On the night of October 28th, Mariah Daye McCarthy died after being hit by an underage drunk driver. Valerie Kilmer and Kaitlyn Okrusch, who were out walking with Mariah that evening, were also hit and injured by the driver. At her funeral, Mariah’s father, Leo McCarthy, issued a challenge to the Butte community to change the culture that accepts underage drinking and turns a blind eye to drinking and driving.
The Challenge itself evolved out of a gathering of Mariah’s friends at the McCarthy’s home in the days after her death. Leo could see their pain and confusion and he wanted to soothe that pain. Leo explained, “They were all fumbling and bumbling about. I told them that they needed to look beyond the death toward something more hopeful. As I was doing the eulogy, I wanted to talk to that group of kids and let them know that there is more to the world.”
“Mariah is the inspiration,” he continued, “I am the voice, and the kids of this community are the living face of the Challenge. It’s their positive attitudes that are affecting other kids, and I love it – seeing kids with wristbands, with t-shirts – I love going up to them to say ‘thank you!’ for doing this.”
Losing a loved one to a drunk driver could happen to any of us – it has happened to many of us – and the time to make a difference is right now. We have a poignant and powerful opportunity to make changes in the drinking and driving culture of Butte, to make changes in our families and how we communicate, to make changes in our choices about drinking … about drinking and driving … and to see exactly what we are teaching our children.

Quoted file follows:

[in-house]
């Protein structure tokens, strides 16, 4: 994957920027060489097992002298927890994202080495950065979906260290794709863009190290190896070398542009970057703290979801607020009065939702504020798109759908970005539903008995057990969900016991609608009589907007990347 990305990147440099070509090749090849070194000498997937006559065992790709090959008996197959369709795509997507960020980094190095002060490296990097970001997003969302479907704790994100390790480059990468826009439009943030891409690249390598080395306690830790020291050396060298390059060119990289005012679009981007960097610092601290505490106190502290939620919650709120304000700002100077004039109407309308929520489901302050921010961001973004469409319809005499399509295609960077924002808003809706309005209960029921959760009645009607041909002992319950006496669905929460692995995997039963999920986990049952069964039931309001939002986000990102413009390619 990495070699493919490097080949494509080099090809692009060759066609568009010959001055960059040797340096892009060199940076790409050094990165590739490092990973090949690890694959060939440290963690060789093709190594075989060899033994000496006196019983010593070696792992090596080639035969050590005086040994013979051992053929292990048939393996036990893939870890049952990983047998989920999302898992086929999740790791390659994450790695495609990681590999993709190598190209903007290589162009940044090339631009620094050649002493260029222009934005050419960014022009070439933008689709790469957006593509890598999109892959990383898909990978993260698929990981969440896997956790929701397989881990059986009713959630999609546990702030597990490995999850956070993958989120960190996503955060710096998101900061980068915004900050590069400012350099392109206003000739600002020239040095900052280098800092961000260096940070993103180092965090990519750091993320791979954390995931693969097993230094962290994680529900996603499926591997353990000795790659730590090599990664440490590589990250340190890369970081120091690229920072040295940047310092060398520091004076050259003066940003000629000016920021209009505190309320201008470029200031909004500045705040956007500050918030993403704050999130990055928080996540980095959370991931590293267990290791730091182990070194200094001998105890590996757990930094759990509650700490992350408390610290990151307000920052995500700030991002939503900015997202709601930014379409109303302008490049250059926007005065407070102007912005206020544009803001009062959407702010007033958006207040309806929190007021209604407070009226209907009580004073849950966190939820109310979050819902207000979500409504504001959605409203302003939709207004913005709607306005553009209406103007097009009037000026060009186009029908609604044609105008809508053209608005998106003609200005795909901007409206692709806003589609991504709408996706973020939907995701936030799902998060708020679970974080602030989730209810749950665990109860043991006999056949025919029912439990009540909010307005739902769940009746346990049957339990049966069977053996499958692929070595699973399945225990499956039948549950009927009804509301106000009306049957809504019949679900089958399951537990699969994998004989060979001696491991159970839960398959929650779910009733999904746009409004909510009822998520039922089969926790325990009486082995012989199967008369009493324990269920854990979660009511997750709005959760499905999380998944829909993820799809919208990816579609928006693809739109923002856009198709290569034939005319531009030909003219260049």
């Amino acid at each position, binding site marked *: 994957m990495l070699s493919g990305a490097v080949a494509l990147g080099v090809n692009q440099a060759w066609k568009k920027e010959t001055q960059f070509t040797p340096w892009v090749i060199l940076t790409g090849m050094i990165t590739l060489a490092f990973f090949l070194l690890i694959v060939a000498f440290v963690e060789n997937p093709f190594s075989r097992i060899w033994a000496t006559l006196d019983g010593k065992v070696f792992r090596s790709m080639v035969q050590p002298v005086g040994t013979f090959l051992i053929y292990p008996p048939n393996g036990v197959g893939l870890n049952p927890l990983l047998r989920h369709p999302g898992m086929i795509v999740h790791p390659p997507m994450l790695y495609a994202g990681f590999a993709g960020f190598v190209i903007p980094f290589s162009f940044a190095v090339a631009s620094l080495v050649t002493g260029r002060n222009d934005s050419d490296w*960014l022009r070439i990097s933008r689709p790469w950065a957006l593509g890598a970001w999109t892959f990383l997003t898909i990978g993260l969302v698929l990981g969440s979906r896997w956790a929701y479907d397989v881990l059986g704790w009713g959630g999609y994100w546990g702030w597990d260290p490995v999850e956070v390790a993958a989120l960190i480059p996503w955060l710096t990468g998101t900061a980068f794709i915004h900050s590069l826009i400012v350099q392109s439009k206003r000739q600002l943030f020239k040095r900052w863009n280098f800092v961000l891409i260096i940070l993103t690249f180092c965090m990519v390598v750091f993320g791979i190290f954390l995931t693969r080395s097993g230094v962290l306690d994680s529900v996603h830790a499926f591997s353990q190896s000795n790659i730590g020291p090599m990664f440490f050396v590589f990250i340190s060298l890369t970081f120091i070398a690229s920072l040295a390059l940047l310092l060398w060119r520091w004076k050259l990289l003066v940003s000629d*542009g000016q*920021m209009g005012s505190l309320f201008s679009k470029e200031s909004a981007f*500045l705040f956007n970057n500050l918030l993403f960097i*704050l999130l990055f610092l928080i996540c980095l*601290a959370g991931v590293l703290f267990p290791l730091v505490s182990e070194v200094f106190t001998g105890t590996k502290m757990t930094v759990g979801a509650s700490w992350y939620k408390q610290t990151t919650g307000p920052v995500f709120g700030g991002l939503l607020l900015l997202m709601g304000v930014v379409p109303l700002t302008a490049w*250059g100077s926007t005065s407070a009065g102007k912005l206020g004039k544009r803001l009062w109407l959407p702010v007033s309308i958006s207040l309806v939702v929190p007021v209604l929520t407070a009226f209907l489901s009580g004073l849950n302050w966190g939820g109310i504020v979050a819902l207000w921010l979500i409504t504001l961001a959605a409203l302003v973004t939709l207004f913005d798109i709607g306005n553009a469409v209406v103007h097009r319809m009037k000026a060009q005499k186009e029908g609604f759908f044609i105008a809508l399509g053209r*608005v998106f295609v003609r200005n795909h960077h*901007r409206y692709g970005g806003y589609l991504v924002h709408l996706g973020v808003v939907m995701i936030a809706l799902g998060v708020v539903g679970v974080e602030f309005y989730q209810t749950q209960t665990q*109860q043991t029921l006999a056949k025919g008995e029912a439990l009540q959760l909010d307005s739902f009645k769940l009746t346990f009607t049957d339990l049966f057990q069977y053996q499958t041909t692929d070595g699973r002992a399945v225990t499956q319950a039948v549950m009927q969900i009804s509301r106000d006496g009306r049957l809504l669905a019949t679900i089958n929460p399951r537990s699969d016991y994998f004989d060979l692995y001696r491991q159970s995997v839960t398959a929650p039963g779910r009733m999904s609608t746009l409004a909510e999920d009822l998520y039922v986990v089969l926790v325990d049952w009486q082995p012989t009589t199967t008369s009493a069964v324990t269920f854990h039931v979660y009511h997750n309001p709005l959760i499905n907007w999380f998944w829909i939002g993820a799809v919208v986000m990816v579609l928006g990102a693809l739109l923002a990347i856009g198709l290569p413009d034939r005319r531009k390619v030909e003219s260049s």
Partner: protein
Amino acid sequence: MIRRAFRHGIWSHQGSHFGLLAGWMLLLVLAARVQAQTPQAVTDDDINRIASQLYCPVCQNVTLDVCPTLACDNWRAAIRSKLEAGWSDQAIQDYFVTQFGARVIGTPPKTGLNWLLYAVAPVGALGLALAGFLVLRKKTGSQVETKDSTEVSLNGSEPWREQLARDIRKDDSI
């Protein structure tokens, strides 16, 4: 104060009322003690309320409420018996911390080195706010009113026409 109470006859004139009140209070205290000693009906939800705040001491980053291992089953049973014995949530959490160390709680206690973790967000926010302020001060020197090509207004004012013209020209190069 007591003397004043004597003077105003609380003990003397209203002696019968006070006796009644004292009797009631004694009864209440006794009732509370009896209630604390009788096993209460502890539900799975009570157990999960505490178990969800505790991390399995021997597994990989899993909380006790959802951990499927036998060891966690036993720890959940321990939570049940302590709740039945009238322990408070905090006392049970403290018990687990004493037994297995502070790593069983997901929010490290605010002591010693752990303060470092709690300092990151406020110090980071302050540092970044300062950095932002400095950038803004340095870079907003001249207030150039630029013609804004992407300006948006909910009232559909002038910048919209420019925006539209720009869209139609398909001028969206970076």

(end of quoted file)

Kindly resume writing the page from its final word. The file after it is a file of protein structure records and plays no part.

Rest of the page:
The challenge offered at the funeral could have been just a lamentation of a grieving father – but others have taken up Mariah’s Challenge and brought it out of the personal and into the world. Mariah’s Angels are the volunteers who work on the website, bring talks out into the schools and service organizations, and donate money for the scholarship fund.
This situation has put a spotlight on teenage drinking and driving in Butte. It has spread through Montana and throughout the country. Leo McCarthy hopes the Challenge offers teens a chance to bond with one another and with their families. He believes they are strong enough to say “No. I don’t want to do that. I accepted Mariah’s Challenge and I want to keep my commitment.”
Have you accepted Mariah’s Challenge? Accept the Challenge Today